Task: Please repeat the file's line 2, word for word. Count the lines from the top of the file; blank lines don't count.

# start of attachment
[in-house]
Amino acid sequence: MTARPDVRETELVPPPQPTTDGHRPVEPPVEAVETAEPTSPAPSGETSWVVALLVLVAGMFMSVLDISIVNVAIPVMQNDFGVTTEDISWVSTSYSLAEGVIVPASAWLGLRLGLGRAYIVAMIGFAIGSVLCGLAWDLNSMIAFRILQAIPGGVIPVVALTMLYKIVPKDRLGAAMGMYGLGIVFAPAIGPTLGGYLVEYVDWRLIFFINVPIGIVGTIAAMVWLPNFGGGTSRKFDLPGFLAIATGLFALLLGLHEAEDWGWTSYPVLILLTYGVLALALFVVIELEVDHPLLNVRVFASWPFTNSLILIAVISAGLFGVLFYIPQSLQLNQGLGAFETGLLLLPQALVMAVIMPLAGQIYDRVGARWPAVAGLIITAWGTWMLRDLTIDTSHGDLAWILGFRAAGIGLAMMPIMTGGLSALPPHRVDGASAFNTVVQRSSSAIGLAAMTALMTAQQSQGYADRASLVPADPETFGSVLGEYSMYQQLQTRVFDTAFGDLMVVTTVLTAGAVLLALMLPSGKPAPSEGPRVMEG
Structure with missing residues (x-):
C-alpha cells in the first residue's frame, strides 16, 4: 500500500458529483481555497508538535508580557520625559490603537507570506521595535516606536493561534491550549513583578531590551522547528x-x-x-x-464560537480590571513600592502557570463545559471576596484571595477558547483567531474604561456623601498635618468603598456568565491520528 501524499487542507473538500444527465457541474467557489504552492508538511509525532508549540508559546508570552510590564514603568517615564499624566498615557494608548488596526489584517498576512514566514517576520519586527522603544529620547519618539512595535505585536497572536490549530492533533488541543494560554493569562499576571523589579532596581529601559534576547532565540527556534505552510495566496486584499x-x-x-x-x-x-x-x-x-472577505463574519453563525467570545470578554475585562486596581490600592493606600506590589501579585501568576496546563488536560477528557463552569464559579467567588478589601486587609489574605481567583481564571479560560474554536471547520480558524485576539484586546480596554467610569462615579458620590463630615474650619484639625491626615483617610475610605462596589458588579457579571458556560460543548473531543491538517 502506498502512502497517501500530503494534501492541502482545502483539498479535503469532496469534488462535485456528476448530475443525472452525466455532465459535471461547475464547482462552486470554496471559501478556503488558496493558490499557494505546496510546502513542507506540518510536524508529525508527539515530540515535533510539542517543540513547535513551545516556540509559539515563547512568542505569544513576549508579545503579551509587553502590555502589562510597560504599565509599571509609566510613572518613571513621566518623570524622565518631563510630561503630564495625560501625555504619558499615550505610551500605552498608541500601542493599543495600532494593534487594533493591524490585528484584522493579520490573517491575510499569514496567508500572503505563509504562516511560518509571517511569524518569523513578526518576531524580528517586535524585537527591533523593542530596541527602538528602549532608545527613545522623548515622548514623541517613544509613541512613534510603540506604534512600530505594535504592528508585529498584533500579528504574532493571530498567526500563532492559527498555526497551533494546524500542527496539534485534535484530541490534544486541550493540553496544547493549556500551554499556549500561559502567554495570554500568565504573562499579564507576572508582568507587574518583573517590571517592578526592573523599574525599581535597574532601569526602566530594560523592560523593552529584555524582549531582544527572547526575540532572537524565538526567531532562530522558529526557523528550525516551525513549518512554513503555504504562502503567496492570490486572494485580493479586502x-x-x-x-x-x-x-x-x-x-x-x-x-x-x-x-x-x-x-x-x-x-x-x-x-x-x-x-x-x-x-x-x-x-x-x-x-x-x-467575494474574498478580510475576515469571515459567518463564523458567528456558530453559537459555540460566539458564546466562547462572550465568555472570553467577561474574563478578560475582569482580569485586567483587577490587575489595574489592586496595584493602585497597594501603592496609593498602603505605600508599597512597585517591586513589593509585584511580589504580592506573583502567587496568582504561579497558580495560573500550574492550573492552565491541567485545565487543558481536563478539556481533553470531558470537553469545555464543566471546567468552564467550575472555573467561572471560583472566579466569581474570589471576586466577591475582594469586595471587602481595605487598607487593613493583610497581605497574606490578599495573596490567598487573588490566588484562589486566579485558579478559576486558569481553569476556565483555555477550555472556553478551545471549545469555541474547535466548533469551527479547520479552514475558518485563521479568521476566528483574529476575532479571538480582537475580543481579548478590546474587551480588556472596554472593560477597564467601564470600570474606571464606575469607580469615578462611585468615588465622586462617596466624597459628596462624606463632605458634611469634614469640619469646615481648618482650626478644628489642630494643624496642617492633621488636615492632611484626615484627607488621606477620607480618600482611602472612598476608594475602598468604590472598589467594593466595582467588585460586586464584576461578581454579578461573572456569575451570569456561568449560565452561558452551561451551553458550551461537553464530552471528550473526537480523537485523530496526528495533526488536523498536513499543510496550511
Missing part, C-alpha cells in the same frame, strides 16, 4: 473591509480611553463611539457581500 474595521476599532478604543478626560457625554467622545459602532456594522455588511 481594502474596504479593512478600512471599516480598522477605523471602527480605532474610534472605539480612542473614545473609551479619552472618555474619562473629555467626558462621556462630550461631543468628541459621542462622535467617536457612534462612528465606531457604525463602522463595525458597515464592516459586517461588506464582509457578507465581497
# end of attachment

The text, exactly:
Amino acid sequence: MTARPDVRETELVPPPQPTTDGHRPVEPPVEAVETAEPTSPAPSGETSWVVALLVLVAGMFMSVLDISIVNVAIPVMQNDFGVTTEDISWVSTSYSLAEGVIVPASAWLGLRLGLGRAYIVAMIGFAIGSVLCGLAWDLNSMIAFRILQAIPGGVIPVVALTMLYKIVPKDRLGAAMGMYGLGIVFAPAIGPTLGGYLVEYVDWRLIFFINVPIGIVGTIAAMVWLPNFGGGTSRKFDLPGFLAIATGLFALLLGLHEAEDWGWTSYPVLILLTYGVLALALFVVIELEVDHPLLNVRVFASWPFTNSLILIAVISAGLFGVLFYIPQSLQLNQGLGAFETGLLLLPQALVMAVIMPLAGQIYDRVGARWPAVAGLIITAWGTWMLRDLTIDTSHGDLAWILGFRAAGIGLAMMPIMTGGLSALPPHRVDGASAFNTVVQRSSSAIGLAAMTALMTAQQSQGYADRASLVPADPETFGSVLGEYSMYQQLQTRVFDTAFGDLMVVTTVLTAGAVLLALMLPSGKPAPSEGPRVMEG